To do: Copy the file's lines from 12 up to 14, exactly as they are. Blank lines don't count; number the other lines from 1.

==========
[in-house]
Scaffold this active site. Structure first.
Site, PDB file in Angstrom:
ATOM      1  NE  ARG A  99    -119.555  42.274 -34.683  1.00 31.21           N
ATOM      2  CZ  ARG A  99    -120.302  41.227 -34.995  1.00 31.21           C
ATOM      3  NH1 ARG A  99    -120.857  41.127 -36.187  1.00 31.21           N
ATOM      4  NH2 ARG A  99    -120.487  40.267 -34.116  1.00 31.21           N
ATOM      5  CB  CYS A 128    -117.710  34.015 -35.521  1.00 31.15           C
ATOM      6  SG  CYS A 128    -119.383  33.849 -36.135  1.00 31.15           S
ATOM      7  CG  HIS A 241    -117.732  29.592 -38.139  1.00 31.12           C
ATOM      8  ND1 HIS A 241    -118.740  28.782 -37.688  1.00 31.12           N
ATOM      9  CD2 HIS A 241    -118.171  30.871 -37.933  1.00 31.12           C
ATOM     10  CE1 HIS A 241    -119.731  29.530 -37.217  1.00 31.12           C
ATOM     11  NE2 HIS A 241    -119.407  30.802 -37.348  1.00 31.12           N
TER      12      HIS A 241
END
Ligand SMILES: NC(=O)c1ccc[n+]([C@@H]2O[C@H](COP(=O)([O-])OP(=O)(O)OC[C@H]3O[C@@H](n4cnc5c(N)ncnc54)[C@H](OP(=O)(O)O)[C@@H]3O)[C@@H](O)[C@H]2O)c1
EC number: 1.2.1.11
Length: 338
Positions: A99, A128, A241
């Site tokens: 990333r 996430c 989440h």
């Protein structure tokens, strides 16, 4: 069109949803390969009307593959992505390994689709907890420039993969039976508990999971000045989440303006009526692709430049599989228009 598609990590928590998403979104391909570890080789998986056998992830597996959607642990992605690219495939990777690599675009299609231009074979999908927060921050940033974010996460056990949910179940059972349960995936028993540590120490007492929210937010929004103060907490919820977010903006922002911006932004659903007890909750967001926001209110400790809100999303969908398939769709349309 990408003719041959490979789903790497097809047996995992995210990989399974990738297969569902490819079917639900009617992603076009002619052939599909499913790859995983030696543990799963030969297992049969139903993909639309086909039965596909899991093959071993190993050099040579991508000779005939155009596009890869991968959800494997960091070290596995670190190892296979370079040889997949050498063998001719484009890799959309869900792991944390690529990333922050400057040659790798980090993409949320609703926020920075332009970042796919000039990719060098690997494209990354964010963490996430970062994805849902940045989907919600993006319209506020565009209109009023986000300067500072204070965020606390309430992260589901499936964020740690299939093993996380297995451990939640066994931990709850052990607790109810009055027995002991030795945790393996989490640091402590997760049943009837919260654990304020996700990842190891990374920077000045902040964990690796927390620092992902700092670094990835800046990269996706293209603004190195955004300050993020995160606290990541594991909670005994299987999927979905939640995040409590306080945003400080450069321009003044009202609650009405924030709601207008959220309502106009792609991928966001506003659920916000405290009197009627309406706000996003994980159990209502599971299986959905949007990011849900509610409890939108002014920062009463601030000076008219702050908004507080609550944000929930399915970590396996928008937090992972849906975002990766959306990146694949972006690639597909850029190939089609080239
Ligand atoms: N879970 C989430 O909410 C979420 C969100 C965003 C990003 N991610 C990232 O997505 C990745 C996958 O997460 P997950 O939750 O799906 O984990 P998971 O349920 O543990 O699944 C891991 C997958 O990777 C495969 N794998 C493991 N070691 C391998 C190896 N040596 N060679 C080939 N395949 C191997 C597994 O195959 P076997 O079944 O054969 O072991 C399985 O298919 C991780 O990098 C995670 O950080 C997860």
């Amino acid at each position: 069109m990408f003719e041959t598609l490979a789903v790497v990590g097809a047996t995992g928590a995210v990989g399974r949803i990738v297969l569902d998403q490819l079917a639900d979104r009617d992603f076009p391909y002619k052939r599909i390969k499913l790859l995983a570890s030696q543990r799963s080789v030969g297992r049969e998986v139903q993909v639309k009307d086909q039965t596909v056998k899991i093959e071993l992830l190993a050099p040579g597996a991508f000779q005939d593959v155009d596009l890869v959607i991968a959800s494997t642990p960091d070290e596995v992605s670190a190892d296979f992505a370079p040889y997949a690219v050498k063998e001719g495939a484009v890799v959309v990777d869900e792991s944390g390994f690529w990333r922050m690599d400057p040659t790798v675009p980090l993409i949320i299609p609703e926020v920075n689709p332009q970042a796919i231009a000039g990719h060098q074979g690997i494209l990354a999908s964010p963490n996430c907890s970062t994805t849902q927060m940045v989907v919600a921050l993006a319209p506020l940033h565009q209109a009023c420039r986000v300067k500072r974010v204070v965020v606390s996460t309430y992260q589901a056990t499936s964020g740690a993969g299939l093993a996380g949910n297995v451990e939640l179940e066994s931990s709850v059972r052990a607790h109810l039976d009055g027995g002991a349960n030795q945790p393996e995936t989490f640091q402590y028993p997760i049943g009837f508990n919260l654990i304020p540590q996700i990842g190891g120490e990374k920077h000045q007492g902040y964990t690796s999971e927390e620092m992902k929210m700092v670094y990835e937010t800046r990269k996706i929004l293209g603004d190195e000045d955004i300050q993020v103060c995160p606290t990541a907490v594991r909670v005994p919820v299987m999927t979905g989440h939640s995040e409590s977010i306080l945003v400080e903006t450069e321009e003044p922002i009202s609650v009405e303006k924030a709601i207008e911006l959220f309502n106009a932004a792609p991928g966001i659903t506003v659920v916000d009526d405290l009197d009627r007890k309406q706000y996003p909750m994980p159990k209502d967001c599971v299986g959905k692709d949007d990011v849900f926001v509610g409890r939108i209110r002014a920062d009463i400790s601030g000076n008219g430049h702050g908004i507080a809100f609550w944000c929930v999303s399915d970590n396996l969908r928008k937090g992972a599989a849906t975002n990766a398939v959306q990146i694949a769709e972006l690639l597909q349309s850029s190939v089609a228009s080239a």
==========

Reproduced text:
ATOM      9  CD2 HIS A 241    -118.171  30.871 -37.933  1.00 31.12           C
ATOM     10  CE1 HIS A 241    -119.731  29.530 -37.217  1.00 31.12           C
ATOM     11  NE2 HIS A 241    -119.407  30.802 -37.348  1.00 31.12           N